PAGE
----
1880s – History of Pin-up

The 1880s were a pretty calm period in the evolution of pin-up. However, it did have two very notable points that helped shape the genre of pin-up.

The model would have been hung by wires to create the flying effect. This would be a sample of a "cigarette card" - Photo by Chris Wooley

The model would have been hung by wires to create the flying effect. This would be a sample of a “cigarette card” – Photo by Chris Wooley

On the smaller, but more casual side, we now see that nude models are now allowed in art classes. You might think that nudes have always been allowed in the artist’s den as artwork of the nude form (including full muscle detail) have been around ever since man first picked up a paintbrush. But up until this point, plaster casts and statues were used for drawing and painting the human form in the public art classes. But this decade relaxed those rules just enough that serious art students could use an actual unclothed human to reference for their illustrations.

Photographs still weren’t allowed to have nudity in them. Well, the pin-up kind weren’t – but it was a start towards the forward movement of the genre.

A larger checkpoint in the history of pin-up involved cigarettes. Its not just smoking hot babes (pun intended) that we’re looking at – but the actual rolled cigarettes full of tobacco. They had one huge problem – the cigarettes would bend a break in the pack; something was needed to keep the packs rigid. The answer came in the form of a piece of hard cardboard inserted into the pack. It worked perfect! Cigarettes didn’t bend and the product stayed unbroken. The next part mixed a bit of clever marketing in with the practical solution – print pictures on these “collectible” cardboard pieces. People would then buy the cigarettes to collect the cards, thus increasing sales and brand loyalty. So the cigarette companies started releasing hundreds of different cigarette card sets – from sports and animals, to celebrities and beauties. Each set featured several different cards for a given subject. And yes, the pin-up girl – or Beauty – as the cards were called were a hot seller.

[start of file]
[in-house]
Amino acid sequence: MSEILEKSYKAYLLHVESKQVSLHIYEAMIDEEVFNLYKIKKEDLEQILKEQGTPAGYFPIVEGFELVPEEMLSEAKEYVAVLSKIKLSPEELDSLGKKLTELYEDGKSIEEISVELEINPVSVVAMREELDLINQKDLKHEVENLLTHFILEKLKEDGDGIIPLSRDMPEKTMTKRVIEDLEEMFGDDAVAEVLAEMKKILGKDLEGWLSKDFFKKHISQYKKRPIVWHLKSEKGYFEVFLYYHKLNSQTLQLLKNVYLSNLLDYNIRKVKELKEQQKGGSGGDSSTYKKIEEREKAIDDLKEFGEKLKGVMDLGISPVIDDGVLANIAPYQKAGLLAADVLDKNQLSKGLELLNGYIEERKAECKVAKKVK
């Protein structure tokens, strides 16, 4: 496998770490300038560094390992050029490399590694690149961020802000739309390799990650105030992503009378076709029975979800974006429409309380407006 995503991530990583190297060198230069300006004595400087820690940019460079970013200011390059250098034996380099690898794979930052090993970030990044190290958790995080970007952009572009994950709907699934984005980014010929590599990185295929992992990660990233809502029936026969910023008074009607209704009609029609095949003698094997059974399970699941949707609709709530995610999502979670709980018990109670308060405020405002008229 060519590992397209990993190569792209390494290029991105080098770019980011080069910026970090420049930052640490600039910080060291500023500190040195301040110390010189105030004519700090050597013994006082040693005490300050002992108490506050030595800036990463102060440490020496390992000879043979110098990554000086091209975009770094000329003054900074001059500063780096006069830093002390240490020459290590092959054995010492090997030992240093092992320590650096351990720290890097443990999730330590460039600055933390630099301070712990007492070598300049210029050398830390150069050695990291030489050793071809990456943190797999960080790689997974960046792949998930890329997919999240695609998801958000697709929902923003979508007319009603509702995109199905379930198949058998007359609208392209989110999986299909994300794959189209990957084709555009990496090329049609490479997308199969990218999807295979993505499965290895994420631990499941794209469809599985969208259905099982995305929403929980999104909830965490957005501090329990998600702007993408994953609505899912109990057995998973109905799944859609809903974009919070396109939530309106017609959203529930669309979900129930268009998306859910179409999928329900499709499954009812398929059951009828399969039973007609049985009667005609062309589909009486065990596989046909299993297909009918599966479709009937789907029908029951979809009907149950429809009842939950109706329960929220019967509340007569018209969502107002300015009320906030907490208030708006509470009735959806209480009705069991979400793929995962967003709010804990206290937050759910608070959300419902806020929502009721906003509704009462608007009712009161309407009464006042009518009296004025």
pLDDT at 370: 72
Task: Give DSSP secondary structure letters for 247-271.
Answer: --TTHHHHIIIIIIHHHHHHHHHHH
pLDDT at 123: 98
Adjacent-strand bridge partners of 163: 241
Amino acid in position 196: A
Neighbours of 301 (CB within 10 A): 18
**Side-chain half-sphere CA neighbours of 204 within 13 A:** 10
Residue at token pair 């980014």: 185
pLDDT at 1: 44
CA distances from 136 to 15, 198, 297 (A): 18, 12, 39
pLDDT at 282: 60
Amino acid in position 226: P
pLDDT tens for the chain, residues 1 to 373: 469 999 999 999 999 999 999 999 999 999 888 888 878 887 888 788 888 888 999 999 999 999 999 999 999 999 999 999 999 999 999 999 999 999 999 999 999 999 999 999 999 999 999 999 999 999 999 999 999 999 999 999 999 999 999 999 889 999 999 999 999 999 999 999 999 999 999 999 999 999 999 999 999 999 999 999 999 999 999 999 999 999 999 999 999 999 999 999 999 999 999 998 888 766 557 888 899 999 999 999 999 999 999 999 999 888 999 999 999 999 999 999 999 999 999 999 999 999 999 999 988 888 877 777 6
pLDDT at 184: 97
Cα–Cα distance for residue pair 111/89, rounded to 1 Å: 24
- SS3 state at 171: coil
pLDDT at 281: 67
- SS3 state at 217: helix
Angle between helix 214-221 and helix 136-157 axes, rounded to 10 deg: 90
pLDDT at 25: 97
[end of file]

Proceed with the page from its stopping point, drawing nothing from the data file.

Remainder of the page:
The cards were relatively tame, and featured women in a variety of poses and outfits. The skin rules still applied, so each girl was sure to have on tights and coverings as not to allow too much skin to be exposed. The sets, pretty girls, and unique imagery helped make these cards a huge success. The peak of popularity of these types of cards hit in the mid 1890s.

For the first time in history, we have huge mass production of these girls. The burlesque dancers of the previous decades had a large quantity of images, but no major distribution. The cigarettes changed this by tapping into their massive distribution and sales outlets The “sets” also helped add a collectible aspect to the genre, which aided in the casual collections of pretty girls pictures.

The nude models and cigarette cards took some time to affect the mindset of the people. It wasn’t an overnight success, nor did it come without criticism. But it did set the stage for some big changes in the not so distant future.


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